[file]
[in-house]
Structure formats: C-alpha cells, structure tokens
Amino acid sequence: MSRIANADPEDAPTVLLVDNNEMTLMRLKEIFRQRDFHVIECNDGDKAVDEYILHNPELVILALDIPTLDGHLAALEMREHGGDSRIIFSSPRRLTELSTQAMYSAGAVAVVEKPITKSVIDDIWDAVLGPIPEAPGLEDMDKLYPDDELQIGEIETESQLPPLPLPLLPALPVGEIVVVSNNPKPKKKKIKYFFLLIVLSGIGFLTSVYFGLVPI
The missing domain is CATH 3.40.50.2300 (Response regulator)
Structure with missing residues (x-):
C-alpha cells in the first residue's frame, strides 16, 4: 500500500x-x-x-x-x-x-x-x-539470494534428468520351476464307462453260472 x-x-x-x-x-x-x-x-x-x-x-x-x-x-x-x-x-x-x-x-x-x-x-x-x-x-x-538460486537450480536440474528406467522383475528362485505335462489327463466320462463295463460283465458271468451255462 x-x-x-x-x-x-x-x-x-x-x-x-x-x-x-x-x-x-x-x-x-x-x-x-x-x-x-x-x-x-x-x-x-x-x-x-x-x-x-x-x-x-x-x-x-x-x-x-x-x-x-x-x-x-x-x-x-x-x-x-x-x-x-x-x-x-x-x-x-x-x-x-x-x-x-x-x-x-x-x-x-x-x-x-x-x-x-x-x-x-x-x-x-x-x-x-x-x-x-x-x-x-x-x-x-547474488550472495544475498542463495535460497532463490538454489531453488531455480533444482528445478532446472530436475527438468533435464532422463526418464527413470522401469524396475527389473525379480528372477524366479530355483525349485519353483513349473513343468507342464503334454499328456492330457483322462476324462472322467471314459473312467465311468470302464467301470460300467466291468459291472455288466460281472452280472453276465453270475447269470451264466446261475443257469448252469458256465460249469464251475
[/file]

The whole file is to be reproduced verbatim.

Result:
[in-house]
Structure formats: C-alpha cells, structure tokens
Amino acid sequence: MSRIANADPEDAPTVLLVDNNEMTLMRLKEIFRQRDFHVIECNDGDKAVDEYILHNPELVILALDIPTLDGHLAALEMREHGGDSRIIFSSPRRLTELSTQAMYSAGAVAVVEKPITKSVIDDIWDAVLGPIPEAPGLEDMDKLYPDDELQIGEIETESQLPPLPLPLLPALPVGEIVVVSNNPKPKKKKIKYFFLLIVLSGIGFLTSVYFGLVPI
The missing domain is CATH 3.40.50.2300 (Response regulator)
Structure with missing residues (x-):
C-alpha cells in the first residue's frame, strides 16, 4: 500500500x-x-x-x-x-x-x-x-539470494534428468520351476464307462453260472 x-x-x-x-x-x-x-x-x-x-x-x-x-x-x-x-x-x-x-x-x-x-x-x-x-x-x-538460486537450480536440474528406467522383475528362485505335462489327463466320462463295463460283465458271468451255462 x-x-x-x-x-x-x-x-x-x-x-x-x-x-x-x-x-x-x-x-x-x-x-x-x-x-x-x-x-x-x-x-x-x-x-x-x-x-x-x-x-x-x-x-x-x-x-x-x-x-x-x-x-x-x-x-x-x-x-x-x-x-x-x-x-x-x-x-x-x-x-x-x-x-x-x-x-x-x-x-x-x-x-x-x-x-x-x-x-x-x-x-x-x-x-x-x-x-x-x-x-x-x-x-x-547474488550472495544475498542463495535460497532463490538454489531453488531455480533444482528445478532446472530436475527438468533435464532422463526418464527413470522401469524396475527389473525379480528372477524366479530355483525349485519353483513349473513343468507342464503334454499328456492330457483322462476324462472322467471314459473312467465311468470302464467301470460300467466291468459291472455288466460281472452280472453276465453270475447269470451264466446261475443257469448252469458256465460249469464251475